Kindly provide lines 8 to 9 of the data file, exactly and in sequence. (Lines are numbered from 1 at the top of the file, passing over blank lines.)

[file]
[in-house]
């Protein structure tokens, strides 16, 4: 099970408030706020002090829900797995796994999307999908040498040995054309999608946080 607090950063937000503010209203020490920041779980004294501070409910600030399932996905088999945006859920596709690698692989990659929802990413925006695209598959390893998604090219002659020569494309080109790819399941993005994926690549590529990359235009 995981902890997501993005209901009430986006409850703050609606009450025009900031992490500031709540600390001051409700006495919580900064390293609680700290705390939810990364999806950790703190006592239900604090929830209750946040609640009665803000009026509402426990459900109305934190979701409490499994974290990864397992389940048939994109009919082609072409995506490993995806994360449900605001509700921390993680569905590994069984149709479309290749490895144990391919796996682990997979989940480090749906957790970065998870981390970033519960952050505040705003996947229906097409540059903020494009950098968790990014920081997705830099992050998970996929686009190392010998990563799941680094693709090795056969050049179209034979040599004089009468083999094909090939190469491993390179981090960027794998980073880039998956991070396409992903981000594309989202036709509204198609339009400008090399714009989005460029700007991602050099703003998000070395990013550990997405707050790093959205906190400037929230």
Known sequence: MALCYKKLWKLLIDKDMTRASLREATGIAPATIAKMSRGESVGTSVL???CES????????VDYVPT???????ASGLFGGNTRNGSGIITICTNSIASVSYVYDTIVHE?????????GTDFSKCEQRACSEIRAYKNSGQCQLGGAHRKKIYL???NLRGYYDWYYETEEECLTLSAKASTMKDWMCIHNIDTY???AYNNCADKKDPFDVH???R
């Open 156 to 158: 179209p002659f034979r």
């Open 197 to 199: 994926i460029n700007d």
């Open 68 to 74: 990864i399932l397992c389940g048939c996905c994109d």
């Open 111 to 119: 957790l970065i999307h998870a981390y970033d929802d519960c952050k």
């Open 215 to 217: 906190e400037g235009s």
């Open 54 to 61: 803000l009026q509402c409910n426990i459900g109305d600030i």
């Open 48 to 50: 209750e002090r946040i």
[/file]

């Open 215 to 217: 906190e400037g235009s």
């Open 54 to 61: 803000l009026q509402c409910n426990i459900g109305d600030i």